• In a survey conducted by the 60pew research center in 2014, 49% of individuals thought that abortion should be permitted in all or most circumstances.[1]
  • Compared to the 1,671 facilities in 2014, there were 1,587 facilities offering abortions in the United States in 2017. This is a 5% drop.[2]
  • From 2010 to 2019, national birth data indicate that the birth rate for adolescents aged 15-19 years decreased by 51% 30 and that this study’s findings show a 50% reduction in the abortion rate for the same age group.[4]
  • From 2010 to 2019, the total number of reported abortions abortion rate, and the abortion ratio decreased by 18% from 762,755, 13% from 22.5 abortions per 1,000 live births, and 21% from 14.4 abortions per 1,000 women aged 15 to 44, respectively.[4]
  • At 14-20 weeks of gestation, 62%, and at 21 weeks of gestation, 10%, fewer abortions.[4]
  • In these 35 locations, the rate of early medical abortion grew by 10% between 2018 and 2019, from 37.5% to 41.1%, and by 12.3% between 2010 and 2019, from 18.4% to 41.1%.[4]
  • Here is a list of North and South Carolina residents who have abortions. Providers in north and South Carolina performed a combined total of 35,472 abortions in 2020 according to numbers from the state’s health departments.[9]
  • According to DHEC statistics, around 77% of South Carolina abortion patients in 2020 were between the ages of 20 and 34.[9]
  • 76.2% of non-Hispanic black women in 29 reporting regions had abortions at 9 weeks of pregnancy, compared to 80.6%-82.4% of women in other racial and ethnic groupings.[4]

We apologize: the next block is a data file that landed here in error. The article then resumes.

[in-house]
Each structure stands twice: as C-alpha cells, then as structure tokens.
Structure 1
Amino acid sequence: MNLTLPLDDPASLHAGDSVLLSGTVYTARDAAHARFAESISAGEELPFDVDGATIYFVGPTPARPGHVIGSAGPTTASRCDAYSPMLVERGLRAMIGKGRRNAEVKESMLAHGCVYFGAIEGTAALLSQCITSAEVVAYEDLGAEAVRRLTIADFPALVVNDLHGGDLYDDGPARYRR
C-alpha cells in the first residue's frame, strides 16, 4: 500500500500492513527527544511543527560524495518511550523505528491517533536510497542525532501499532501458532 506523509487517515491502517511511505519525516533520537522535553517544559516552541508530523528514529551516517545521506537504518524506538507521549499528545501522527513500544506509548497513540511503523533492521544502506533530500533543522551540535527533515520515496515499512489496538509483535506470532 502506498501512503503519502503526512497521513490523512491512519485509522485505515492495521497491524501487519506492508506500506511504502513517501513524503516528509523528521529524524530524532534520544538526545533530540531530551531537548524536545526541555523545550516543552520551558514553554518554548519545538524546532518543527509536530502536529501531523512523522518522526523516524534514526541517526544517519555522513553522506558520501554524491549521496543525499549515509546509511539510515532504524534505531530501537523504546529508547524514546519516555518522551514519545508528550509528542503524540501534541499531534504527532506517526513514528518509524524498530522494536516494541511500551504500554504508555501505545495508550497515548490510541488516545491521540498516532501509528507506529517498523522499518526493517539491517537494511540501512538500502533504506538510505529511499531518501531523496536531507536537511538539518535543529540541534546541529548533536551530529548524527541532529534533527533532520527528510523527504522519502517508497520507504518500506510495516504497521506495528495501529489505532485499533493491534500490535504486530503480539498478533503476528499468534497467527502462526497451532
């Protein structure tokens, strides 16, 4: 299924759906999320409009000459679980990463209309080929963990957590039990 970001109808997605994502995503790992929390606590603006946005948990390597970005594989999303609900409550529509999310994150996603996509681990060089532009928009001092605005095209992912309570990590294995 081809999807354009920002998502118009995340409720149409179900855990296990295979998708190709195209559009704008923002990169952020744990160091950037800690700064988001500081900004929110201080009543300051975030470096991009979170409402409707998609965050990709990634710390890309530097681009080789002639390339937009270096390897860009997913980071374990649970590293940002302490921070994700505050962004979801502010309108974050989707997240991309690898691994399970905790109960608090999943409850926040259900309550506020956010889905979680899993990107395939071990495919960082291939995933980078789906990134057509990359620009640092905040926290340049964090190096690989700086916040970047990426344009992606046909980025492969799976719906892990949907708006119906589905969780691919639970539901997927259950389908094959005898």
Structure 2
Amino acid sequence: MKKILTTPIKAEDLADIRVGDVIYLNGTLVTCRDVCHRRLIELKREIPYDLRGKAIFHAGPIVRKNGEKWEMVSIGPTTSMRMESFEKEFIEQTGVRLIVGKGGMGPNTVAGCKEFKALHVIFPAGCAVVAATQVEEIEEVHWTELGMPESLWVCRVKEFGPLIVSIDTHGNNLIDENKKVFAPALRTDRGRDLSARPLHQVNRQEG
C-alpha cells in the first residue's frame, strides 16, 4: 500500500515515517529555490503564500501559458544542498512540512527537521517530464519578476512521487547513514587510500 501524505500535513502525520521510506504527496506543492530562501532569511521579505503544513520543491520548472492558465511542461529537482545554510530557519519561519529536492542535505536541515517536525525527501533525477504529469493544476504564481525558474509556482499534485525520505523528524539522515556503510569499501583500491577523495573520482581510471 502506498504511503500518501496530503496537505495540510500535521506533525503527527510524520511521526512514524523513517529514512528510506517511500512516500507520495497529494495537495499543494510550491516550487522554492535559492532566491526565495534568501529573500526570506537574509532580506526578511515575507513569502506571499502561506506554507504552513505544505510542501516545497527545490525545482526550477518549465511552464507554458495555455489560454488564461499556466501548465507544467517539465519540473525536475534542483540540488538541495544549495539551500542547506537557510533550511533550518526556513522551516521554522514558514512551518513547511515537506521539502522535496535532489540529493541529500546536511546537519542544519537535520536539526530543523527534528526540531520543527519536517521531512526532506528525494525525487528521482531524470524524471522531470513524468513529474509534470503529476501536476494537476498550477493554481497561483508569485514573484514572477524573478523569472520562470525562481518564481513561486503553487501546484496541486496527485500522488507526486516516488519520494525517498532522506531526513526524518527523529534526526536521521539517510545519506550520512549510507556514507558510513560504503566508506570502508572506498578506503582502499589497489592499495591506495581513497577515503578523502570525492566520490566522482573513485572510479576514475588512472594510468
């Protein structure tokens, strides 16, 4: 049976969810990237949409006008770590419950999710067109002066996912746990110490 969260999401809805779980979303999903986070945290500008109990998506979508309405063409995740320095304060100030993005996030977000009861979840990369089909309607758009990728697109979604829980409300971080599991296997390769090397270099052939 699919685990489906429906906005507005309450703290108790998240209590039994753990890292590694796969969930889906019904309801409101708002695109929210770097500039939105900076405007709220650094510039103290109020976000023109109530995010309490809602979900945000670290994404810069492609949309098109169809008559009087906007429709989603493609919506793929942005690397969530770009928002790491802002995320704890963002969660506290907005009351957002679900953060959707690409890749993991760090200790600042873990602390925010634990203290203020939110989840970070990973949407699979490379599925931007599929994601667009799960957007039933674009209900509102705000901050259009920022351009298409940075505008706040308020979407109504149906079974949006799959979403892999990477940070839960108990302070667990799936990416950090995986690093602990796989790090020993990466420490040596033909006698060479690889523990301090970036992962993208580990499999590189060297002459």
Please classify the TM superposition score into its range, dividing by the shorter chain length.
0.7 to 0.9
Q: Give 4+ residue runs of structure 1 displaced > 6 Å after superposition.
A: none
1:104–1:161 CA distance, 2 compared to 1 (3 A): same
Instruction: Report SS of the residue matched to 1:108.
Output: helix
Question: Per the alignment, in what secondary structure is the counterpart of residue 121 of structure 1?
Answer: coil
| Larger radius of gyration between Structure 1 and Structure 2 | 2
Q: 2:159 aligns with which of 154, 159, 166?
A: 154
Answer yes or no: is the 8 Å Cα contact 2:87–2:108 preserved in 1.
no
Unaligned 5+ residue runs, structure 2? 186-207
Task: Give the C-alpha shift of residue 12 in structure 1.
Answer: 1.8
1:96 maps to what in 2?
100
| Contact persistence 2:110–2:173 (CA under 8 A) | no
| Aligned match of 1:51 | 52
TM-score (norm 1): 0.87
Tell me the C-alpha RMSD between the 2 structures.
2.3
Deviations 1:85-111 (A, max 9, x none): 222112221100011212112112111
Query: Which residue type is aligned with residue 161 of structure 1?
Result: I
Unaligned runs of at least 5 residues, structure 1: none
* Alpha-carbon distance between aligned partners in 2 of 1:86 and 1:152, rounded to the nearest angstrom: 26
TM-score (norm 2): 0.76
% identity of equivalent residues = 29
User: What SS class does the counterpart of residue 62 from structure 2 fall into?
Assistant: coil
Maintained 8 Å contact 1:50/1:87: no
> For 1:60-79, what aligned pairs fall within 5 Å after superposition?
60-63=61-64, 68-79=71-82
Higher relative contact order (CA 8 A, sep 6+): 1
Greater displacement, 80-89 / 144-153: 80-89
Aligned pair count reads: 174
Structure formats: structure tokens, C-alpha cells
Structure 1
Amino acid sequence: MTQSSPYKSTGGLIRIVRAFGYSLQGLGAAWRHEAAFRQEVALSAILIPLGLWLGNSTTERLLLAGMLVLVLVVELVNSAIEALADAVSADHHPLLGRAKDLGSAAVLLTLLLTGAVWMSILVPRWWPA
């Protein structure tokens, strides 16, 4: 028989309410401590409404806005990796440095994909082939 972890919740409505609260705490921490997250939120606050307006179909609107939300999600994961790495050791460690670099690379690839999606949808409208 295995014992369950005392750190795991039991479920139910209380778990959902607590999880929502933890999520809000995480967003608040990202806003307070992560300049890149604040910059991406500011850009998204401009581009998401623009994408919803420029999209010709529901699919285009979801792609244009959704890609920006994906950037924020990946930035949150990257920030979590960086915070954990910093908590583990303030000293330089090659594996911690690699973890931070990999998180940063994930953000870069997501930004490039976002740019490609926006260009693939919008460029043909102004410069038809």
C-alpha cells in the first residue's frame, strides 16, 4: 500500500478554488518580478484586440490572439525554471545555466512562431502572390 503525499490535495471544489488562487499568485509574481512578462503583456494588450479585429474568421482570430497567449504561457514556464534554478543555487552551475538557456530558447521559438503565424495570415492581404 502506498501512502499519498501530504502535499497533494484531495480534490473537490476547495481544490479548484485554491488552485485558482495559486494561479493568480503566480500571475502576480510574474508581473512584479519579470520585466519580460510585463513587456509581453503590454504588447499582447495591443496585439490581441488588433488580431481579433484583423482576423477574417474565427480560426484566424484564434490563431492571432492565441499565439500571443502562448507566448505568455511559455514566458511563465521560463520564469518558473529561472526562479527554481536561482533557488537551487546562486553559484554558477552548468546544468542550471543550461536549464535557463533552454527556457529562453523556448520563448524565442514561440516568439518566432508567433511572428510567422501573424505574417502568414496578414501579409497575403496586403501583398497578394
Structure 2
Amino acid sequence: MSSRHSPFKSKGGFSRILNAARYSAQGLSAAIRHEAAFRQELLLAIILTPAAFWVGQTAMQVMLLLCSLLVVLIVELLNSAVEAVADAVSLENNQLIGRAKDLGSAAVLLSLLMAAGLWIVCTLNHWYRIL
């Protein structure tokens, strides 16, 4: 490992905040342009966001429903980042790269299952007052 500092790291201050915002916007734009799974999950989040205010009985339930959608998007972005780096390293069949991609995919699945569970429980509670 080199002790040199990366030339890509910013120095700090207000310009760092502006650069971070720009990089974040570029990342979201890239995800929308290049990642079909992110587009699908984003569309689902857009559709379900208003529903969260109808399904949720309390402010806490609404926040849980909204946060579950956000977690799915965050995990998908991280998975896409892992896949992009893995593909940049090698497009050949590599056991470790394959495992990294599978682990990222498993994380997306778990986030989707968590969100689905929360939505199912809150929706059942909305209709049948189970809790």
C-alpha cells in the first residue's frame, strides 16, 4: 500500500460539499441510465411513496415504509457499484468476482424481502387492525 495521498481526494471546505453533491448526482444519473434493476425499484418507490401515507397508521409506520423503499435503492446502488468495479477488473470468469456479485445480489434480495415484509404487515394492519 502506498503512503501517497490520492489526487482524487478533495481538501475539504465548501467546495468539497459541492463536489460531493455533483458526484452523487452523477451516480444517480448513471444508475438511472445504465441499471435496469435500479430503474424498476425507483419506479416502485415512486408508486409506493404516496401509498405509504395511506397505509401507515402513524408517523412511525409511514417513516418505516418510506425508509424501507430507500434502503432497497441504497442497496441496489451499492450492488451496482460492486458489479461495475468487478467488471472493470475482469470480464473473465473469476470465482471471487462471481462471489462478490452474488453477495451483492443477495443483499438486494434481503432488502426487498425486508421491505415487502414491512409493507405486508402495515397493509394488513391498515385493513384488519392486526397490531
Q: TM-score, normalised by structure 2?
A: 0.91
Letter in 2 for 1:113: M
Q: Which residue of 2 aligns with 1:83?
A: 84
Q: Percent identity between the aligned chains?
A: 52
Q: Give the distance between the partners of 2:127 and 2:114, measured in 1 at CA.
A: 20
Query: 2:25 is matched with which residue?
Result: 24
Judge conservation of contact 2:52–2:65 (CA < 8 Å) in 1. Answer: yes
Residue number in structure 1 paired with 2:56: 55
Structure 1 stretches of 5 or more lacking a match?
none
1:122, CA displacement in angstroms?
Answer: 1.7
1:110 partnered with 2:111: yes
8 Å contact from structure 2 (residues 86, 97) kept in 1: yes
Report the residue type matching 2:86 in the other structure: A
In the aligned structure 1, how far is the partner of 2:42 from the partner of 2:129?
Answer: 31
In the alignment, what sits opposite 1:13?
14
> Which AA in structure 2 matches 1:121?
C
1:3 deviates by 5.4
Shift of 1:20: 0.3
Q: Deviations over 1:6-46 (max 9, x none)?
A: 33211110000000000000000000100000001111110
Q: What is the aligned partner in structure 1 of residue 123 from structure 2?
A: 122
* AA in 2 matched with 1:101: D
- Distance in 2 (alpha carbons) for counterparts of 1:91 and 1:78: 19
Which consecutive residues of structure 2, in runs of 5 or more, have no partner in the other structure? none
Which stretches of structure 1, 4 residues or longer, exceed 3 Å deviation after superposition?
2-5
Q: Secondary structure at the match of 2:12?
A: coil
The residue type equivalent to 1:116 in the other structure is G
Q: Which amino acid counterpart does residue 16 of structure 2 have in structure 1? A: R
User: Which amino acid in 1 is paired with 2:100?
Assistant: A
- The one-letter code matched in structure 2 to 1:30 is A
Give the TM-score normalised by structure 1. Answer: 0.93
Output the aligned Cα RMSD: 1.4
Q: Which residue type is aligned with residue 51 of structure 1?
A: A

• According to CLI estimates, the abortion rate in North Carolina rose by 5% to 14.4 abortions per 1,000 women of reproductive age.[3]
  • However, further technological developments, such as enhanced transvaginal ultrasonography and sensitivity of pregnancy testing, have made it possible to execute extremely early surgical abortions with success rates surpassing 97%.[4]
  • Contrarily, compared to 68% 75% of women in older age groups, 19.8% of adolescents aged 15 and 9.6% of those aged 15 to 19 years had an abortion after 13 weeks of pregnancy.[4]
  • From 2010 to 2019, national birth data show that the birth rate for adolescents aged 15-19 years decreased by 51%. The study’s findings show a 50% reduction in the abortion rate for the same age group.[4]
  • With the exception of 6 weeks gestation, surgical abortion accounted for the highest proportion of abortions among the 42 locations that reported them for 2019, broken down by specific weeks of pregnancy and procedure type.[4]
  • According to research done in the united states in the 1970s, surgical abortion operations carried out between 6 weeks and 7-12 weeks gestation were less likely to successfully end the pregnancy.[4]
  • In general, estimates of miscarriage rates and reported adolescent birth and abortion rates are used to compute teen pregnancy rates.[14]
  • At 7-9 weeks of gestation, 52.2% of abortions were surgical. 93.2% of abortions during 10-13 weeks of pregnancy 96.9%-99.2% of abortions at 14-20 weeks gestation and 87% of abortions at 21 weeks gestation.[4]